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When Tyrants and Hatemongers Embrace

Some foreign policy realists are urging caution when assessing the impact of the visit of Iranian President Mahmoud Ahmadinejad to Egypt. The visit, the first by an Iranian leader since the Islamic Revolution in 1979, is an indication of the way the Muslim Brotherhood government of Egypt has warmed up toward a country that Hosni Mubarak spurned as a threat to stability.

But, as the New York Times reports, analysts believe Egypt’s continuing need for aid from both the United States and moderate Arab regimes that fear Iran as much as the Americans, will prevent a full restoration of diplomatic relations. But whether or not the two countries go that far or not, the symbolism of the embrace of Ahmadinejad by Egyptian President Mohamed Morsi (who visited Tehran last August) illustrates the way the Brotherhood’s ascendancy has fractured American foreign policy objectives in the region. The willingness of Egypt to embrace Iran in this manner undermines U.S. efforts to isolate Tehran and sends the world the message not to take President Obama’s threats about stopping Iran’s nuclear program seriously. It is also a reminder that the two countries have something in common besides Islam: leaders who engage in anti-Semitic hate speech.

Coming as it did on the eve of the resumption of the West’s latest negotiations with Iran over its nuclear program, the Ahmadinejad visit brings home the fact that despite all the tough talk heard in Washington, Iran has not been isolated by the diplomatic strategy pursued by President Obama and recently departed Secretary of State Hillary Clinton. The assumption that the Iranians have been brought to their knees by sanctions and deprived of allies is given the lie by Ahmadinejad’s warm reception in Cairo.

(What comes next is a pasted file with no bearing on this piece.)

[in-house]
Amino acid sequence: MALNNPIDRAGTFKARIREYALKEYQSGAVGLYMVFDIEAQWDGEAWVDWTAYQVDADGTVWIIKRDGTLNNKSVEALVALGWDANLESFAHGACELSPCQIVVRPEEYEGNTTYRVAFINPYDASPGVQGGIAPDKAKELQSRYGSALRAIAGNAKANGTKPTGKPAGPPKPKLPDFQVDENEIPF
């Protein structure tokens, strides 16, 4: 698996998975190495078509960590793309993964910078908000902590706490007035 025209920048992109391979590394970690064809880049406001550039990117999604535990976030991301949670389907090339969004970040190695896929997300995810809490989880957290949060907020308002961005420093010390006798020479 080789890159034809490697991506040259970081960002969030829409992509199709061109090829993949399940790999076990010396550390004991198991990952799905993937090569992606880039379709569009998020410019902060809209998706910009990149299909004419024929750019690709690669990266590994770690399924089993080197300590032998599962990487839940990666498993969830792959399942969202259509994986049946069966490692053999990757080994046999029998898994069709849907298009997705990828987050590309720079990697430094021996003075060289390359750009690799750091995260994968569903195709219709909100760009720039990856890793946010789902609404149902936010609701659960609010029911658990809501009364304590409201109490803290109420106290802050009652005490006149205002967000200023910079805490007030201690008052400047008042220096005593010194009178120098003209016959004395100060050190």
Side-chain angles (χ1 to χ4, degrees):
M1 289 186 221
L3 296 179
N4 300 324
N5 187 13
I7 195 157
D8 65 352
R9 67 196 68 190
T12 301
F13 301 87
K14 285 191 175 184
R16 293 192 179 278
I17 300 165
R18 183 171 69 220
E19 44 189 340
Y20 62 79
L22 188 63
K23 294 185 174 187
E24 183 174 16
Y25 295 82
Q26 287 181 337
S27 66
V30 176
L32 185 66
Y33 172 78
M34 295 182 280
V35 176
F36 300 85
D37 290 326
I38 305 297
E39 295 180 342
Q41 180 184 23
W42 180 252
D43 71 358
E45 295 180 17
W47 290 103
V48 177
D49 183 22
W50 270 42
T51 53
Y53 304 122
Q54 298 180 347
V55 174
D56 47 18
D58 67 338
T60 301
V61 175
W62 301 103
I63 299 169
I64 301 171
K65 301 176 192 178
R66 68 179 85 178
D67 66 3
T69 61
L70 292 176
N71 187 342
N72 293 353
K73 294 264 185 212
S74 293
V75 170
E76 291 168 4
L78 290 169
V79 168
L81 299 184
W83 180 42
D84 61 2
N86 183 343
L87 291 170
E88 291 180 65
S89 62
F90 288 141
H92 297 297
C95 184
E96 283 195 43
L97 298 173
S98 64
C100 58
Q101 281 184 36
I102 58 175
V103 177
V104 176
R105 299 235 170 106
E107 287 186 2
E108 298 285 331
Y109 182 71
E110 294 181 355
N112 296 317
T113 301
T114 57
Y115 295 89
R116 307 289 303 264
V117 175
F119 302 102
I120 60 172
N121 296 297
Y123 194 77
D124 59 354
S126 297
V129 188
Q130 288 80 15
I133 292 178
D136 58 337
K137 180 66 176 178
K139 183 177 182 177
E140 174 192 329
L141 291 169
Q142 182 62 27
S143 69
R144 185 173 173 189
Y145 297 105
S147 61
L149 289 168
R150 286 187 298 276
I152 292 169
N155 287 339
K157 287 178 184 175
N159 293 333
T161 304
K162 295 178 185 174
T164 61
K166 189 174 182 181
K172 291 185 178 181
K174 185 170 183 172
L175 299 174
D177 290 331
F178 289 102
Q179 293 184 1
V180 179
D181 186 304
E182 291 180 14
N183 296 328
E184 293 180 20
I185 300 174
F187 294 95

Egypt and Iran have strongly disagreed about Syria since Morsi has supported the efforts by other Arab countries to oust the Assad regime. But the factors that unite the two governments — hostility to Israel and support for Hamas — are greater than those that divide them. The Iranians may be looking to use their new friends in Cairo to help float their latest attempt to divert the West from pressing them on nuclear issues. As I wrote yesterday, the Iranians may be seeking to link Assad’s fate with that of their nuclear program. They may be hoping the Brotherhood, which retains the ear of the State Department as well as billions in annual aid from the United States, could serve to further muddy the diplomatic waters via this stratagem without committing themselves to anything.

The Egyptians may stop just short of full recognition of Ahmadinejad’s government in order to keep U.S. taxpayer dollars flowing to Cairo. But the notion that it is in any conceivable sense an ally is out the window. This incident calls into question the decision to keep that aid flowing without condition as well as the continued sale of sophisticated weapons to Egypt that their forces don’t need for self-defense. The closer Egypt draws to Iran, the more it seems as if the peace treaty with Egypt, into which both Israelis and Americans are so heavily, is heading for the scrapheap.

Just as important in many respects is the symbolism of the embrace of two men who have done much to help keep the flames of Jew hatred burning hot recently. Morsi and Ahmadinejad are both on record insulting Jews and Israelis and pledging their destruction as well as for trying to suppress domestic dissent. Far from an innocuous event that shouldn’t worry us, when tyrants embrace, decent people everywhere should tremble.


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